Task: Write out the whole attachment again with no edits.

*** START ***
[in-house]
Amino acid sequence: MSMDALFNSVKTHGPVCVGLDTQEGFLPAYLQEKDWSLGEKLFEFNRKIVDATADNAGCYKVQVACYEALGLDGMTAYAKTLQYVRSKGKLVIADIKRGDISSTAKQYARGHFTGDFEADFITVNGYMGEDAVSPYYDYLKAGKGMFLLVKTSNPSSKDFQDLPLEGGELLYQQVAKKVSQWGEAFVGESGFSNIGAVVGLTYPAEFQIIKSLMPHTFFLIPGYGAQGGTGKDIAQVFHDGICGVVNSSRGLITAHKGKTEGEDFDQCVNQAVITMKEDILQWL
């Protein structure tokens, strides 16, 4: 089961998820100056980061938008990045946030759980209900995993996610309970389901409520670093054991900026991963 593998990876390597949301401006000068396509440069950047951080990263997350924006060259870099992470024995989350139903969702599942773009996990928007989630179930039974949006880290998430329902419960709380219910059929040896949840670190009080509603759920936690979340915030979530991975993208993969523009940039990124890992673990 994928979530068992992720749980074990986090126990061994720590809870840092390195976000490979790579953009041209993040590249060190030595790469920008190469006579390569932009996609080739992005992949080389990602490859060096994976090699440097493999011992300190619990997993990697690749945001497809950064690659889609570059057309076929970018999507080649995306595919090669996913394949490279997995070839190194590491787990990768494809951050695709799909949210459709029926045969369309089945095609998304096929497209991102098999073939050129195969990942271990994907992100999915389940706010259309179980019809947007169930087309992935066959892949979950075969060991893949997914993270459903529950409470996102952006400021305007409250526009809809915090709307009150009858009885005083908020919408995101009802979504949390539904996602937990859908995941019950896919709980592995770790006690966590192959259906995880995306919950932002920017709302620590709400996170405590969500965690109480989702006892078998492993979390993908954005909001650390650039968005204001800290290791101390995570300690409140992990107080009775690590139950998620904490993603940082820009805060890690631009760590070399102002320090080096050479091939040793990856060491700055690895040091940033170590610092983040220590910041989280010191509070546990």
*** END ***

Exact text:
[in-house]
Amino acid sequence: MSMDALFNSVKTHGPVCVGLDTQEGFLPAYLQEKDWSLGEKLFEFNRKIVDATADNAGCYKVQVACYEALGLDGMTAYAKTLQYVRSKGKLVIADIKRGDISSTAKQYARGHFTGDFEADFITVNGYMGEDAVSPYYDYLKAGKGMFLLVKTSNPSSKDFQDLPLEGGELLYQQVAKKVSQWGEAFVGESGFSNIGAVVGLTYPAEFQIIKSLMPHTFFLIPGYGAQGGTGKDIAQVFHDGICGVVNSSRGLITAHKGKTEGEDFDQCVNQAVITMKEDILQWL
């Protein structure tokens, strides 16, 4: 089961998820100056980061938008990045946030759980209900995993996610309970389901409520670093054991900026991963 593998990876390597949301401006000068396509440069950047951080990263997350924006060259870099992470024995989350139903969702599942773009996990928007989630179930039974949006880290998430329902419960709380219910059929040896949840670190009080509603759920936690979340915030979530991975993208993969523009940039990124890992673990 994928979530068992992720749980074990986090126990061994720590809870840092390195976000490979790579953009041209993040590249060190030595790469920008190469006579390569932009996609080739992005992949080389990602490859060096994976090699440097493999011992300190619990997993990697690749945001497809950064690659889609570059057309076929970018999507080649995306595919090669996913394949490279997995070839190194590491787990990768494809951050695709799909949210459709029926045969369309089945095609998304096929497209991102098999073939050129195969990942271990994907992100999915389940706010259309179980019809947007169930087309992935066959892949979950075969060991893949997914993270459903529950409470996102952006400021305007409250526009809809915090709307009150009858009885005083908020919408995101009802979504949390539904996602937990859908995941019950896919709980592995770790006690966590192959259906995880995306919950932002920017709302620590709400996170405590969500965690109480989702006892078998492993979390993908954005909001650390650039968005204001800290290791101390995570300690409140992990107080009775690590139950998620904490993603940082820009805060890690631009760590070399102002320090080096050479091939040793990856060491700055690895040091940033170590610092983040220590910041989280010191509070546990």